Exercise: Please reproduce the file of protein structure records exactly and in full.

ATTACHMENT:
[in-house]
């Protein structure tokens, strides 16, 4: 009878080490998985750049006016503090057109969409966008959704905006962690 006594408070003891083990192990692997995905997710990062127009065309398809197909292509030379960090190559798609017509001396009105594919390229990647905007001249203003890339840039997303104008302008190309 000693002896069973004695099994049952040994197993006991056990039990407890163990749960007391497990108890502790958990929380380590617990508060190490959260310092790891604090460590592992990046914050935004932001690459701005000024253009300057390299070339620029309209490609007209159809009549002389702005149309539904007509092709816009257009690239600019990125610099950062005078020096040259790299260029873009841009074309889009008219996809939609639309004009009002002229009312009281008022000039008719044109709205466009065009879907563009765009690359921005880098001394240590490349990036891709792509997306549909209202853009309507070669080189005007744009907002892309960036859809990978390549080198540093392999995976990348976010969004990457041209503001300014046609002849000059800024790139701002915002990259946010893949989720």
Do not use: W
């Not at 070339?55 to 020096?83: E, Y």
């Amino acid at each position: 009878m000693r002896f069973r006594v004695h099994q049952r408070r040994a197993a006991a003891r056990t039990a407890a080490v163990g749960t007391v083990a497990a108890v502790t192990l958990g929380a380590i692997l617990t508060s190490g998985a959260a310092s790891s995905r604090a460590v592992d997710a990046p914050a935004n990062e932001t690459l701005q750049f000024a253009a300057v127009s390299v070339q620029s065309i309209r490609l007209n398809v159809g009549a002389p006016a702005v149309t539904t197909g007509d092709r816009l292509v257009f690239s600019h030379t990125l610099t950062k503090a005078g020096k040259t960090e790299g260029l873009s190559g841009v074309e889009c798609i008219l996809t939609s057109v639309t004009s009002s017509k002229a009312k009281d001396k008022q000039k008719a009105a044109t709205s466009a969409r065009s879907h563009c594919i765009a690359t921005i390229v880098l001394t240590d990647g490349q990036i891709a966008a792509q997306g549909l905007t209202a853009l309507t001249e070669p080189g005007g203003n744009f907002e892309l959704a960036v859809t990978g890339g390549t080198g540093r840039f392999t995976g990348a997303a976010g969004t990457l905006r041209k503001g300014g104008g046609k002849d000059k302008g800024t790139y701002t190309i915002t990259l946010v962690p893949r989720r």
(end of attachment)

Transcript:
[in-house]
């Protein structure tokens, strides 16, 4: 009878080490998985750049006016503090057109969409966008959704905006962690 006594408070003891083990192990692997995905997710990062127009065309398809197909292509030379960090190559798609017509001396009105594919390229990647905007001249203003890339840039997303104008302008190309 000693002896069973004695099994049952040994197993006991056990039990407890163990749960007391497990108890502790958990929380380590617990508060190490959260310092790891604090460590592992990046914050935004932001690459701005000024253009300057390299070339620029309209490609007209159809009549002389702005149309539904007509092709816009257009690239600019990125610099950062005078020096040259790299260029873009841009074309889009008219996809939609639309004009009002002229009312009281008022000039008719044109709205466009065009879907563009765009690359921005880098001394240590490349990036891709792509997306549909209202853009309507070669080189005007744009907002892309960036859809990978390549080198540093392999995976990348976010969004990457041209503001300014046609002849000059800024790139701002915002990259946010893949989720």
Do not use: W
């Not at 070339?55 to 020096?83: E, Y």
């Amino acid at each position: 009878m000693r002896f069973r006594v004695h099994q049952r408070r040994a197993a006991a003891r056990t039990a407890a080490v163990g749960t007391v083990a497990a108890v502790t192990l958990g929380a380590i692997l617990t508060s190490g998985a959260a310092s790891s995905r604090a460590v592992d997710a990046p914050a935004n990062e932001t690459l701005q750049f000024a253009a300057v127009s390299v070339q620029s065309i309209r490609l007209n398809v159809g009549a002389p006016a702005v149309t539904t197909g007509d092709r816009l292509v257009f690239s600019h030379t990125l610099t950062k503090a005078g020096k040259t960090e790299g260029l873009s190559g841009v074309e889009c798609i008219l996809t939609s057109v639309t004009s009002s017509k002229a009312k009281d001396k008022q000039k008719a009105a044109t709205s466009a969409r065009s879907h563009c594919i765009a690359t921005i390229v880098l001394t240590d990647g490349q990036i891709a966008a792509q997306g549909l905007t209202a853009l309507t001249e070669p080189g005007g203003n744009f907002e892309l959704a960036v859809t990978g890339g390549t080198g540093r840039f392999t995976g990348a997303a976010g969004t990457l905006r041209k503001g300014g104008g046609k002849d000059k302008g800024t790139y701002t190309i915002t990259l946010v962690p893949r989720r």